WHAT remaining doubts there were about the state's sale of 67 per cent of Piraeus and Thessaloniki ports were removed after Athens agreed to a thoroughgoing privatisation of government assets to pay down debt.
Ahead of talks, the Greek government said it would "announce binding bid dates for Piraeus and Thessaloniki no later than end-October 2015."
And the leftist Syriza-led government's commitment to "the broadening the tax base to increase revenue" will result in higher tonnage taxes and an end to tax breaks for Greek shipowners who control a fifth of the world's fleet.
Athens launched the bidding of Piraeus in May, but there were doubts whether it would stick with the sale. Dockers staged strikes and imposed overtime bans to protest the award of a 35-year concession to Cosco Pacific.
The dockers union condemned privatisation as "incomprehensible and criminal" and called out its members on a 24-hour strike in May, recalled Newark's Journal of Commerce.
Competing with Cosco for the Piraeus concession is Maersk’s port operator APM Terminals.
"We remain interested in showing Greek leaders our expertise in the investment, building, modernising and operating of ports," said APM Terminals vice president Francois-Xavier Delenclos.
APM Terminals is bidding for 51 per cent of Piraeus alongside Cosco Pacific and Manila's International Container Terminal Services (ICTSI).
Cosco Pacific is favoured to win as it transformed the low-productivity port into one of Europe's top 10 hubs with volumes surpassing three million TEU in the first five years of the concession.
The privatisation of Thessaloniki has stalled since eight companies, including APM Terminals and ICTSI, expressed an interest a year ago in acquiring a majority stake in Greece's second-largest port.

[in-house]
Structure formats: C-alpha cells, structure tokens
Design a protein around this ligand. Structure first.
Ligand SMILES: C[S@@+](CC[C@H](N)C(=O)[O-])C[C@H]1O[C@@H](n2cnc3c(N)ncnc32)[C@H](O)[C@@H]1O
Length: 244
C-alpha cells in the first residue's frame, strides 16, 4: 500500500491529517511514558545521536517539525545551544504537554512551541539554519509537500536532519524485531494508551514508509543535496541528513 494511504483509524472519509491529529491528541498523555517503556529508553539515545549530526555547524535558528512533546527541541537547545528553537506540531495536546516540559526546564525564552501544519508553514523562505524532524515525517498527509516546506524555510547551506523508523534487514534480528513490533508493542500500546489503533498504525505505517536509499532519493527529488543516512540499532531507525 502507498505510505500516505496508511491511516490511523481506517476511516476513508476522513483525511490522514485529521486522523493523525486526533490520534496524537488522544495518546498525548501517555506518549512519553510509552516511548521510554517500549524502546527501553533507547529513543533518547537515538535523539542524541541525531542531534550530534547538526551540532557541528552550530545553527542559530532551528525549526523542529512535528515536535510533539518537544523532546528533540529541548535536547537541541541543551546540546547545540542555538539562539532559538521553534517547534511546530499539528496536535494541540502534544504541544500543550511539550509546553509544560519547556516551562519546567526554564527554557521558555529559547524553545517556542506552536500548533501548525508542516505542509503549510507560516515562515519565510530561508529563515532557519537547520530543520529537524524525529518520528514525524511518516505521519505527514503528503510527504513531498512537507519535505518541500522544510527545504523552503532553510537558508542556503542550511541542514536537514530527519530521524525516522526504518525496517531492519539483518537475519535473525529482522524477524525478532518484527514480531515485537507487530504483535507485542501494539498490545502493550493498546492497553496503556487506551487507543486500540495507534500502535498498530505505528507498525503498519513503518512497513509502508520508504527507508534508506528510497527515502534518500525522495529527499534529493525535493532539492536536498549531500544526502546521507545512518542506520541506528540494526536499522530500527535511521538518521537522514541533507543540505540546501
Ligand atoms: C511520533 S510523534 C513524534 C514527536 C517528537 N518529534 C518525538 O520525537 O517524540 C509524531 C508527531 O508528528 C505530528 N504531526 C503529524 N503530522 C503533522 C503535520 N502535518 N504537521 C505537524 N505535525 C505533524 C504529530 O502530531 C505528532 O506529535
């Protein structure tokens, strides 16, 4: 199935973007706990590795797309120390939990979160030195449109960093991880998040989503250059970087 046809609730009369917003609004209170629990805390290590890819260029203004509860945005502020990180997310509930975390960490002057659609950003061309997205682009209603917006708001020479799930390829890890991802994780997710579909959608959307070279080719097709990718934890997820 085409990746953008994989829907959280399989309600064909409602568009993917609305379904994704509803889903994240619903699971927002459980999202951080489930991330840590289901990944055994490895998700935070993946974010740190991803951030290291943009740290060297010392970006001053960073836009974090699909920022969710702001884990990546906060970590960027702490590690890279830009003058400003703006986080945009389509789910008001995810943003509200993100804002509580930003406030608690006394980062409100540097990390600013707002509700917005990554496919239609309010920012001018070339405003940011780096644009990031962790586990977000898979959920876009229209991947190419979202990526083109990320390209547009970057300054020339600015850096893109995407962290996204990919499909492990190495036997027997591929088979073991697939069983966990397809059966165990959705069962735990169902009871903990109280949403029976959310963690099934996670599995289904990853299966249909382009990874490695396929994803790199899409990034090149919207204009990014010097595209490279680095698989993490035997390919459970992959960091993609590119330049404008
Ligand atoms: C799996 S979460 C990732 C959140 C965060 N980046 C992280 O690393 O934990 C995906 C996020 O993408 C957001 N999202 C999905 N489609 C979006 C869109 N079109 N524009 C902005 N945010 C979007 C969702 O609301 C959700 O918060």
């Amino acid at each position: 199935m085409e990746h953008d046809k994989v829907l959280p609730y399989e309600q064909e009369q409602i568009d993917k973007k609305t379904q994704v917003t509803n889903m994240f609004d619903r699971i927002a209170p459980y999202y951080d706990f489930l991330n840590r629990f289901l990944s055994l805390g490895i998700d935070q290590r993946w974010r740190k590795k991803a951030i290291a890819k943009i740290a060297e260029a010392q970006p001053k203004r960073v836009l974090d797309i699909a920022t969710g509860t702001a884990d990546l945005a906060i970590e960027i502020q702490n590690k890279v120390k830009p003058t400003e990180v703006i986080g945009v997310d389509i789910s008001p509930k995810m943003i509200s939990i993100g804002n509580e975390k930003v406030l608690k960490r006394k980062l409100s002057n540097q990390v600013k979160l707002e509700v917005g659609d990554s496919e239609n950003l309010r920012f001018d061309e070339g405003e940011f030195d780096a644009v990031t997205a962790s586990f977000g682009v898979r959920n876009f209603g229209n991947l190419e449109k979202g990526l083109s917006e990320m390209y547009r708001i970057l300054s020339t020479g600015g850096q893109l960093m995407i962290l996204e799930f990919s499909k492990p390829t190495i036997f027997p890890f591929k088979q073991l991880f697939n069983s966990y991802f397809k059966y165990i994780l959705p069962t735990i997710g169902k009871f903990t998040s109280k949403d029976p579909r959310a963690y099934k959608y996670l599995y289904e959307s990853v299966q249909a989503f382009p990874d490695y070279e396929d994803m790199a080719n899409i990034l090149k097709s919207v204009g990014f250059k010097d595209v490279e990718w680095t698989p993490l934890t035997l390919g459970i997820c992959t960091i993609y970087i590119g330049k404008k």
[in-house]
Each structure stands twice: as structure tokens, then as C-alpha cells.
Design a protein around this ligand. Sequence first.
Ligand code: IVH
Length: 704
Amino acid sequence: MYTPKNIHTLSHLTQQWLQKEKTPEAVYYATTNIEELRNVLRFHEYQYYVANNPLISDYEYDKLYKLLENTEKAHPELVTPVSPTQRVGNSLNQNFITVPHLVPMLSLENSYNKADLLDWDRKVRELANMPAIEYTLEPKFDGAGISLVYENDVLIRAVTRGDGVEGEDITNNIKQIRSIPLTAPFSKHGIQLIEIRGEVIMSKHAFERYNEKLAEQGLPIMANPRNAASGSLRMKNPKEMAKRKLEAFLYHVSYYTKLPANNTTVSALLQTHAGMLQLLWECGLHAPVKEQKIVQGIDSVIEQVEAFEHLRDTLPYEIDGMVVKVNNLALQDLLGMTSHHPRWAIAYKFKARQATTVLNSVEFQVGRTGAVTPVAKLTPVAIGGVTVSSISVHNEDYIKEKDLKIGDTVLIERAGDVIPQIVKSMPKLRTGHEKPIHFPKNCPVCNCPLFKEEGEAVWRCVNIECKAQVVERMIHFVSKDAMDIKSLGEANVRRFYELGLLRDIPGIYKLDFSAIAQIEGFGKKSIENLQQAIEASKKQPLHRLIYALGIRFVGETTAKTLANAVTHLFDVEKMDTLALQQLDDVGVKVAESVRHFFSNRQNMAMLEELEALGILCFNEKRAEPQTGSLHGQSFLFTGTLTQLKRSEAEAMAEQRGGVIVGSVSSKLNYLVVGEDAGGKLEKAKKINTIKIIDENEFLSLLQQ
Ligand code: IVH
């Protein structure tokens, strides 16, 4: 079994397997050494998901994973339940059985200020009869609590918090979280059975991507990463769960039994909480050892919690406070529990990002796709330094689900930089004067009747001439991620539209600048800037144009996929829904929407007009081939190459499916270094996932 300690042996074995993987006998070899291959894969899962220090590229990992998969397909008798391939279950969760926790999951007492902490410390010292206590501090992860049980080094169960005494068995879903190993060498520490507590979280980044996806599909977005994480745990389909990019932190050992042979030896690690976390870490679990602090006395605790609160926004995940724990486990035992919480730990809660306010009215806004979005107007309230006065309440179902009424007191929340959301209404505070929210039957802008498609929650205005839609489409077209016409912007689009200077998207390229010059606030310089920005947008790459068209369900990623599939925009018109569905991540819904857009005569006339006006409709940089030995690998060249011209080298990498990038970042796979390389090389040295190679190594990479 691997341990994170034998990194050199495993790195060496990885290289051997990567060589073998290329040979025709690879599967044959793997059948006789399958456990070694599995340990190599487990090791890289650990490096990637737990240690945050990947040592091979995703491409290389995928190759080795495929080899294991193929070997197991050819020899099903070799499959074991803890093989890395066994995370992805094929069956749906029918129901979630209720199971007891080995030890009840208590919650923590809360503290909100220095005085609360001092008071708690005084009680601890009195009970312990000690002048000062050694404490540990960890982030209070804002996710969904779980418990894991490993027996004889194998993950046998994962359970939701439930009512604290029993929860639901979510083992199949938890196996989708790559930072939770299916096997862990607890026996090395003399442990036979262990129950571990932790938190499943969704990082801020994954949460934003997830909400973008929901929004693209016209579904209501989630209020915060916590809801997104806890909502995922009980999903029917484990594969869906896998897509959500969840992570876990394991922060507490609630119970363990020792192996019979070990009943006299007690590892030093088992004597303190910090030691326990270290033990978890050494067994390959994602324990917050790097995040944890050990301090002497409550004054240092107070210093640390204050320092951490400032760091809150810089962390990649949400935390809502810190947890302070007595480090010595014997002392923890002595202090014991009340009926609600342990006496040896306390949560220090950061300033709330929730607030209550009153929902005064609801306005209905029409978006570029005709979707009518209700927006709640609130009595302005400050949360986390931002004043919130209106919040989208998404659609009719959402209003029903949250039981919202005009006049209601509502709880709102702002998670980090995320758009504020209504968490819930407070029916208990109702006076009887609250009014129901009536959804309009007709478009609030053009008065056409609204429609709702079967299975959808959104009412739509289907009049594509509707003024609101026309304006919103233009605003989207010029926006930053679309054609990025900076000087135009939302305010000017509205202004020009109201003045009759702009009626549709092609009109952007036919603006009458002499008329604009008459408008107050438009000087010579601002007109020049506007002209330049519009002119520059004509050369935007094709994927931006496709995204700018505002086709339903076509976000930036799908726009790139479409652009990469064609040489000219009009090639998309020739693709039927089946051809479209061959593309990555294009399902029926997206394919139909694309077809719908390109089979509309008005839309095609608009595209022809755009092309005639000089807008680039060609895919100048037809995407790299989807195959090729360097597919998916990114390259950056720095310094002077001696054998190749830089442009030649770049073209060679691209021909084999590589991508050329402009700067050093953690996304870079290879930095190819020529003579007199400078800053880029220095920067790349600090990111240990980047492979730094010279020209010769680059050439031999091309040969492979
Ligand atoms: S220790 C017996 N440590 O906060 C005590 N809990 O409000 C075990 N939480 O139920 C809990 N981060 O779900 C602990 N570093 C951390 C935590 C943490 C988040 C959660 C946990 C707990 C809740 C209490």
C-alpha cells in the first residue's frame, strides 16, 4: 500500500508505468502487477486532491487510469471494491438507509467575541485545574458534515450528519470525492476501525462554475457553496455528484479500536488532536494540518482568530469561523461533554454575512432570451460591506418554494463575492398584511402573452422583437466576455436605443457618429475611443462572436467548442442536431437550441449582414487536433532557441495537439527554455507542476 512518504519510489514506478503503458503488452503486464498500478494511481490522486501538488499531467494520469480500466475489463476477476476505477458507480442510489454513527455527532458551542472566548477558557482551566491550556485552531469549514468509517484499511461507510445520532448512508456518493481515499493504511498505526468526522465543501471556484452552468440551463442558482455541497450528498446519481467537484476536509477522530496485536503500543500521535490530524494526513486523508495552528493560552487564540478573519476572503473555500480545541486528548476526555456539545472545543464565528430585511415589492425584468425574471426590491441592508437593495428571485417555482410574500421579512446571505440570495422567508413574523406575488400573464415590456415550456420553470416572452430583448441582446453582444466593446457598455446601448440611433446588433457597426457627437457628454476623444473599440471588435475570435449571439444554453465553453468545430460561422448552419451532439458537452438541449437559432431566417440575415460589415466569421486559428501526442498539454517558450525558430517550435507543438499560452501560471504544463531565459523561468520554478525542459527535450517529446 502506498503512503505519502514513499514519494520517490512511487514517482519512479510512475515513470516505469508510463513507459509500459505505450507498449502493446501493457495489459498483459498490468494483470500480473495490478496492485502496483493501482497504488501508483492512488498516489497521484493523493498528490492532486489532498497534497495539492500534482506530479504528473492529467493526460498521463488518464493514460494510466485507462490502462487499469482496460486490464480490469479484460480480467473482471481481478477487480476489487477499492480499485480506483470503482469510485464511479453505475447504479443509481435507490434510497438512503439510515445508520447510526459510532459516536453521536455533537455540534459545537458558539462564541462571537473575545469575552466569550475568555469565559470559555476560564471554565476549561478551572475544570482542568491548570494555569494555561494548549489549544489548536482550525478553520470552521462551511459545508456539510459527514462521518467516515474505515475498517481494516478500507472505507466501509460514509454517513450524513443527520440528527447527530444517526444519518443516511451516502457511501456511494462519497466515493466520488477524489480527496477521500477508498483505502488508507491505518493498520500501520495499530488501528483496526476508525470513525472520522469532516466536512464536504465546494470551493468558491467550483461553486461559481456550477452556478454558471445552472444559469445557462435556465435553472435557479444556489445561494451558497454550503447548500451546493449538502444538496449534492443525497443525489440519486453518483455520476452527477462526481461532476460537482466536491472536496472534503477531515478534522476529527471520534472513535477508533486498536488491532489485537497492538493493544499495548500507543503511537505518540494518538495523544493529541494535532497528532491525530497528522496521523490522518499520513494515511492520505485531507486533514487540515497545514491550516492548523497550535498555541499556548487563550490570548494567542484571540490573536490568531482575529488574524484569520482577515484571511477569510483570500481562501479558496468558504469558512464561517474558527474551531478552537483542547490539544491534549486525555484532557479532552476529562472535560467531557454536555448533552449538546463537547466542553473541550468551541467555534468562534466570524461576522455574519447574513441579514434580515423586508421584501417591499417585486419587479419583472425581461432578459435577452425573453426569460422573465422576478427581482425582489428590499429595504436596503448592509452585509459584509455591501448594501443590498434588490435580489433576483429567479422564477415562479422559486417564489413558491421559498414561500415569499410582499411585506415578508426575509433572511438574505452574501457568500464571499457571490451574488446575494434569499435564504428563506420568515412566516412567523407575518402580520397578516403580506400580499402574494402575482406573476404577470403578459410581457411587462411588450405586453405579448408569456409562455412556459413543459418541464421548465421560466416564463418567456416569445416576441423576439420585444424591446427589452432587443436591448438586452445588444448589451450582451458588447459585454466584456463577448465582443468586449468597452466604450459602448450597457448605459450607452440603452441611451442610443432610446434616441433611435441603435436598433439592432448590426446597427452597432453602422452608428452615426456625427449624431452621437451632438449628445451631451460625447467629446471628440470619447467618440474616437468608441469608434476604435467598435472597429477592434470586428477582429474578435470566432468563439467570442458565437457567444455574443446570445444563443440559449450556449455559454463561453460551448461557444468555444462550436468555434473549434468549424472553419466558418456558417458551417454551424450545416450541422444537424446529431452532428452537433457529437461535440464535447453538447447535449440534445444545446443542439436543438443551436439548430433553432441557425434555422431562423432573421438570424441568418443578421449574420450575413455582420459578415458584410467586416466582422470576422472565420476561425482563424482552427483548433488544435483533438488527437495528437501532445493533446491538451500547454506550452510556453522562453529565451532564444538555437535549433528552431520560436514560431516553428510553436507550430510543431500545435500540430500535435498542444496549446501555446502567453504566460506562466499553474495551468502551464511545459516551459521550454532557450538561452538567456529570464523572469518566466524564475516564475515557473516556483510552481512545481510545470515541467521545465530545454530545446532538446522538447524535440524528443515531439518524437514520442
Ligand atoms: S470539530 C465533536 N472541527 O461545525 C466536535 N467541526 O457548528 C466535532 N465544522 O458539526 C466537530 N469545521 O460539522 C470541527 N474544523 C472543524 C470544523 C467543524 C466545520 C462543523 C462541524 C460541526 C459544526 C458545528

Earlier attempts to attract private investment into Thessaloniki have fallen through. Hong Kong's Hutchison Port Holdings and its Greek partner, pharmaceuticals company Alapis, withdrew a EUR3.1 billion (US$3.45 billion) offer for a 30-year deal to manage and update its container terminal at the last minute in December 2008, citing the downturn in global shipping markets in the wake of the global financial crisis.
Greek shipping also risks losing its tax exemption status, enshrined in the Greek constitution, that has ensured shipowners remained in the country, employing nearly 200,000 seafarers and onshore staff, while their ships fly flags of convenience, led by Liberia and Panama, and their companies are registered in tax havens or listed on foreign stock markets.
Greek shipowners have already pledged an extra EUR420 million in tonnage taxes over the next four years in a deal struck with the previous New Democracy government that was ousted by Syriza in January's general election.
Source : HKSG (fyi, we will off, starting july 17-19, 2015, thanks).